Computer Security

and Privacy



This is a Sophomore Seminar course, meeting Thursdays 1:15-2:30 in Gates 498. Enrollment is limited to sophomores, according to the policy and procedures of the Introductory Seminars program.

The course will be based on a series of readings, with discussion of current issues in computer security. Part of the course will be devoted to current events in computer security, drawn from comp.risks and security advisories that are issued during the term. We will cover some basic issues in cryptography, including a brief summary of relevant mathematics, and computer system risks and vulnerabilities. Part of the course will also be devoted to legal and policy issues, such as censorship, rights of ownership, and rights to privacy. In this connection, we will look a computer security policies on Campus and discuss the Stanford Computer Use Policy. Students will be expected to read before class and prepare for discussion. Each student will be required to write a term paper or present an oral report in class.

Evolving Course Syllabus

Tuesdays: come prepared to discuss assigned topics.

Thursdays: I will prepare a lecture on course material.


January 4

Introduction. Seminar topics and goals.

Why did you sign up for this seminar? Class pictures.

Recent topics: DVD encryption, MP3 media, NSA key in Windows, …


Assignment 1: How do we make our pictures page visible to us and not other people? Write one page or send email or write code explaining how. Due Jan 11.

January 6

Introduction to cryptography

January 11


DVD encryption

Web server protection

News articles: searching for keys using scripts; blackmail by credit card thief

Assignment 1: How do we limit access to a site?


Assignment 2: Read New Yorker article on NSA, find out about Echelon on web (e.g., echelonwatch), skim short article on First Amendment rights, and come prepared to discuss these at next Tuesday meeting.

January 13


Begin reading Takedown.

Assignment 3: Install 128-bit encryption on your browser and look at your bank’s policy for online banking.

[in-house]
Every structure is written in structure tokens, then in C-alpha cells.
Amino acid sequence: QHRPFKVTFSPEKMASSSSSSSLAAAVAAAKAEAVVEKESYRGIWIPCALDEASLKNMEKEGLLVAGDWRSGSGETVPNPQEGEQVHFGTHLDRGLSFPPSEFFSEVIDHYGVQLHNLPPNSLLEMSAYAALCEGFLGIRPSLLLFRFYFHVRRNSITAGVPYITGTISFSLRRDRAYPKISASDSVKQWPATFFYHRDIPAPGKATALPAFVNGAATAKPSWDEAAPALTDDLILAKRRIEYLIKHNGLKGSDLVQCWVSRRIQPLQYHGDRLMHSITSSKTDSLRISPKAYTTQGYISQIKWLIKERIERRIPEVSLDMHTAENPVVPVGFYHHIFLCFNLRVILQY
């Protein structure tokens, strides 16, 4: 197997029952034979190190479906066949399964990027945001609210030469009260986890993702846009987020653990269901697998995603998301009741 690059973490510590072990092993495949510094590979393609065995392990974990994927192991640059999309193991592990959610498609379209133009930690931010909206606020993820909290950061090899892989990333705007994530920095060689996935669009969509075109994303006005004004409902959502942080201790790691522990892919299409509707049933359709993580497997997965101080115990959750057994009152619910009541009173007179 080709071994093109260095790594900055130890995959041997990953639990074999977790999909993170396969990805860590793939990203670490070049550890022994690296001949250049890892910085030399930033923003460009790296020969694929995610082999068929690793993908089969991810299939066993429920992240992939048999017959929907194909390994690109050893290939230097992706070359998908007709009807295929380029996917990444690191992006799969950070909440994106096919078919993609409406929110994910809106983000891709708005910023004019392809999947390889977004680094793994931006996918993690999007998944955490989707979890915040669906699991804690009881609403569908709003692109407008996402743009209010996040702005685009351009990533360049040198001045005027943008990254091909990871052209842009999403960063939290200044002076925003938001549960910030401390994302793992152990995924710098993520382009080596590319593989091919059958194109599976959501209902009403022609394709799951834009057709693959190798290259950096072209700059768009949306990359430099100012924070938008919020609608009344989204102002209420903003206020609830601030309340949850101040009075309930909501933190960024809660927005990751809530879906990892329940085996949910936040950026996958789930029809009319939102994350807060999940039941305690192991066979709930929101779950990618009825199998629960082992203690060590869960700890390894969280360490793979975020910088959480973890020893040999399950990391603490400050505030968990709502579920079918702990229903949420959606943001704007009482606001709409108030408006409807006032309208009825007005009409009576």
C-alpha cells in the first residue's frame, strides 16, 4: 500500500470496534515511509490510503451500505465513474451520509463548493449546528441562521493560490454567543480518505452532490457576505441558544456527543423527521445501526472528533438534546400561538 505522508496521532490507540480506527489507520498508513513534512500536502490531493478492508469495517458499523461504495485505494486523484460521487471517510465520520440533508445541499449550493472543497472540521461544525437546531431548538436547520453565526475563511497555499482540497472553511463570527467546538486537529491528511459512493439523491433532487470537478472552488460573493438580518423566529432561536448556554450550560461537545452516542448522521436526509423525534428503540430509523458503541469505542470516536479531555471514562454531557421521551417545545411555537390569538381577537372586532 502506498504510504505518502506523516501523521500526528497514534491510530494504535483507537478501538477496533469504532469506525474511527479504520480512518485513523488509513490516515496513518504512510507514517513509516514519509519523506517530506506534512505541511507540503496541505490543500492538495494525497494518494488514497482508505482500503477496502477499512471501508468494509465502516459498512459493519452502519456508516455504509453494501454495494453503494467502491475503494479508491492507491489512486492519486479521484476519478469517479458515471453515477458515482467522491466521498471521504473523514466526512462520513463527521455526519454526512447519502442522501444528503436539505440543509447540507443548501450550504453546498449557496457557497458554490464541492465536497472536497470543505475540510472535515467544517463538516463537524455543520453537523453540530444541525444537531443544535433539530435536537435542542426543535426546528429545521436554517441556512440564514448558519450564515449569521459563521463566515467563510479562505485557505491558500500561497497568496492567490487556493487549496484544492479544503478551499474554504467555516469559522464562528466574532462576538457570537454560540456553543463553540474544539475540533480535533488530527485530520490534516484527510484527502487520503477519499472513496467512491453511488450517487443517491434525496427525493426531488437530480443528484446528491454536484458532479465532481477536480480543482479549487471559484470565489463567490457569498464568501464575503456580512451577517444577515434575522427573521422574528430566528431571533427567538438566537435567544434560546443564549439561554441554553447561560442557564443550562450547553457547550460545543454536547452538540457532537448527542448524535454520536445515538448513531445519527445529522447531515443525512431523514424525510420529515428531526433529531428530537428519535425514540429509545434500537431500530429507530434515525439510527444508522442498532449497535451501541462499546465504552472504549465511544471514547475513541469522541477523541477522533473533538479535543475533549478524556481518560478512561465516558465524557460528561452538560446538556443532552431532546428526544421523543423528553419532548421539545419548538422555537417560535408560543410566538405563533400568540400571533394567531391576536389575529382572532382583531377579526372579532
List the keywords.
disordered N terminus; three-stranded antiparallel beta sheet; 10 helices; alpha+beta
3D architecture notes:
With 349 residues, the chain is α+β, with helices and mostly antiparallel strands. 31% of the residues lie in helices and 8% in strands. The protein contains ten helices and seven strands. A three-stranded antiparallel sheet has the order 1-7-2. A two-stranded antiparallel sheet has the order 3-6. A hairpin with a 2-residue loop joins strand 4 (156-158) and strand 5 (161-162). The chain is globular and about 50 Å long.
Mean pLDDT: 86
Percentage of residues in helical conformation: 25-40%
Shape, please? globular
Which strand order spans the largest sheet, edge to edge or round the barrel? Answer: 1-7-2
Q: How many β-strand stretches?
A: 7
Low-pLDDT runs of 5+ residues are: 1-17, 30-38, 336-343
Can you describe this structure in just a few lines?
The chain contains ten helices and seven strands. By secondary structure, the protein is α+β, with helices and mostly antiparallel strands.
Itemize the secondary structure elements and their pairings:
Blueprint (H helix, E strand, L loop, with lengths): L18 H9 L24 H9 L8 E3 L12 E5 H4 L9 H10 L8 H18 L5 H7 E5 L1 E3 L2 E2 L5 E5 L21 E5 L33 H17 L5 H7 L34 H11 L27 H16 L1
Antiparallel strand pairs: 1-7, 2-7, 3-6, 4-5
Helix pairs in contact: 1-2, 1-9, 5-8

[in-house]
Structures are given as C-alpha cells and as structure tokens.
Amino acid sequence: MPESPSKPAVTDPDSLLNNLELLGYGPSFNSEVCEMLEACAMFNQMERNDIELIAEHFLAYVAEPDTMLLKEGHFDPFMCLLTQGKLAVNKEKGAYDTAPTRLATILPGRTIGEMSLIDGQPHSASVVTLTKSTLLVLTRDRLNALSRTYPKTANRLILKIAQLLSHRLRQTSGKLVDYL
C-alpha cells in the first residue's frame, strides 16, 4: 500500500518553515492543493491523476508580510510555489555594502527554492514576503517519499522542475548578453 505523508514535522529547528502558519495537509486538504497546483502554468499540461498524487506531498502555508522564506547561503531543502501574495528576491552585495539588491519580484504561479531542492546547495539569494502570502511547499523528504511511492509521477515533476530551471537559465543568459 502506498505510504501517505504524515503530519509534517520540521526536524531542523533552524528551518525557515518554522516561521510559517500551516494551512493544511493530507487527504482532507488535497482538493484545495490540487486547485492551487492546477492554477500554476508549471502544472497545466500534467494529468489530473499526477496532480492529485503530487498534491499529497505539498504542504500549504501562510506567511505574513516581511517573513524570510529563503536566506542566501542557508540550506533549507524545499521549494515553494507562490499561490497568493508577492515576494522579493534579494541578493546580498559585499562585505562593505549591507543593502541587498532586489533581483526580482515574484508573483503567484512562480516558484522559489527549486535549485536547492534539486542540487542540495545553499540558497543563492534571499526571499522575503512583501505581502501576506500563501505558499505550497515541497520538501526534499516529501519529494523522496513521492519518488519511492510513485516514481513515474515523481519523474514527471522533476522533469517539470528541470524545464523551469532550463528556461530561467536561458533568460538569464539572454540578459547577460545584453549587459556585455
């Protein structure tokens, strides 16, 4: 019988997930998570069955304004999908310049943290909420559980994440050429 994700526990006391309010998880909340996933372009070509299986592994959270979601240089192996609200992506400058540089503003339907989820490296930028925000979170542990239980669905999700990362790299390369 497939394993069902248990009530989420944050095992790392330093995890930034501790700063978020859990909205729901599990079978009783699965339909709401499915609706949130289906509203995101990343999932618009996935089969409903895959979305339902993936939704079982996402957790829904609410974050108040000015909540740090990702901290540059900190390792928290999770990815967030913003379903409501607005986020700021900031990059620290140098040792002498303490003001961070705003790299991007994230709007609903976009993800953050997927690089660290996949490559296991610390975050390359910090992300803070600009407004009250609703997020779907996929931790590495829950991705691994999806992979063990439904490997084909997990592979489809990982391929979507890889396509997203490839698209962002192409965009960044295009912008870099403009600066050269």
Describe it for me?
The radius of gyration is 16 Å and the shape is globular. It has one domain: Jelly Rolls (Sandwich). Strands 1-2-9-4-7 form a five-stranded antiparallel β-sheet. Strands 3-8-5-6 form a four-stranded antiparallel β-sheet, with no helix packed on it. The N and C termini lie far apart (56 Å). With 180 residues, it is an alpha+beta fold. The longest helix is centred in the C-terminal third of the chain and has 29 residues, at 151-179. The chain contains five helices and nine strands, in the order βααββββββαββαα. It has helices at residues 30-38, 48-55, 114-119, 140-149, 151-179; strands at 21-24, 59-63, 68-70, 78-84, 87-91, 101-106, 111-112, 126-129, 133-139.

January 18

Export control :

Summary of US Government policy (slides)

January 12 Commerce Dept Press Release

Takedown (Chap 1-2): cast of characters (Tsutomu, Julia, John Gilmore, …)

January 20

Class cancelled. Attend Landau lecture Feb 1 instead.

January 25

Takedown Chapters 3-4, Thompson Turing Award paper.

Discuss Assignment 1: how to secure a web page

News: MP3 suit, Mitnick release, …

Background for Landau lecture – Shamir secrecy order.

January 27

Cryptography: simple number theory and RSA

February 1

Takedown Chapters 5-6.

Any questions about cryptography?

Special Lecture: Cryptology, Technology, and Policy, Susan Landau, Sun Microsystems, Gates 498, 4:15 PM. This talk will discuss recent developments in encryption export controls and their historical context.

February 3

No class. I will be away at the Network and Distributed System Security conference in San Diego. We will discuss talks from the conference on Feb 8.

February 8

Discuss attacks, break-ins, etc

February 10

Firewalls and intrusion detection mechanisms.

February 15

Network fundamentals

February 17

Mobile code security.

February 22

No class. I will be at Financial Crypto in Anguilla. One interesting link related to a talk at the conference is Pam Samuelson’s page with link to papers on legal issues.

Since there is no class meeting, please attend the Feb 23 EE380 lecture on recent denial of service attacks or view the recorded lecture online afterward by following link from EE380 page.

February 24

Projects: John - Secure web site, Adam - Ken Thompson Turing Award lecture, Dave - ICQ pgp or xor encryption, packet sniffing.

February 29

Projects: Max – Simulate/implement RSA, Galen – hacker culture, Yuping - RSA, Ruwen and Gustav – simple chat program with encryptions

March 2

Projects: Matt and Andrew – firewalls, Margaret – recent privacy legislation

March 7


March 9



Source Books

Synopsis (from
A gripping drama illuminating the good, bad and ugly of the computer world, here is the thrilling story of the ingenious capture of the Internet's most notorious cyberthief, Kevin Mitnick. Shimomura also offers clear and insightful explanations of how cyberspace works and the problems and controversies it has introduced.

We will read and discuss this book incrementally throughout the quarter. The book is easy reading, with enough comments on computer systems and risks to provide an introduction to some aspects of computer security. The book is approximately 500 pages long, so we should plan to read about 50 pages per week.

Mostly concerned with the US government policy on encryption, this book also has a short overview of cryptography. The authors are primarily scientists, not people with careers in government employees or public policy.

This book, written by two lawyers, contains a large number of interesting cases. Many are shocking invasions of privacy by the government. The topics range from police search and seizure to abortion and death to workplace issues and electronic information gathering.

Resources on Line

Course newsgroup

Possible topics for term projects

John C. Mitchell
Department of Computer Science
Stanford University
Stanford CA 94305-9045

Phone: (415) 723-8634
Fax: (415) 725-4671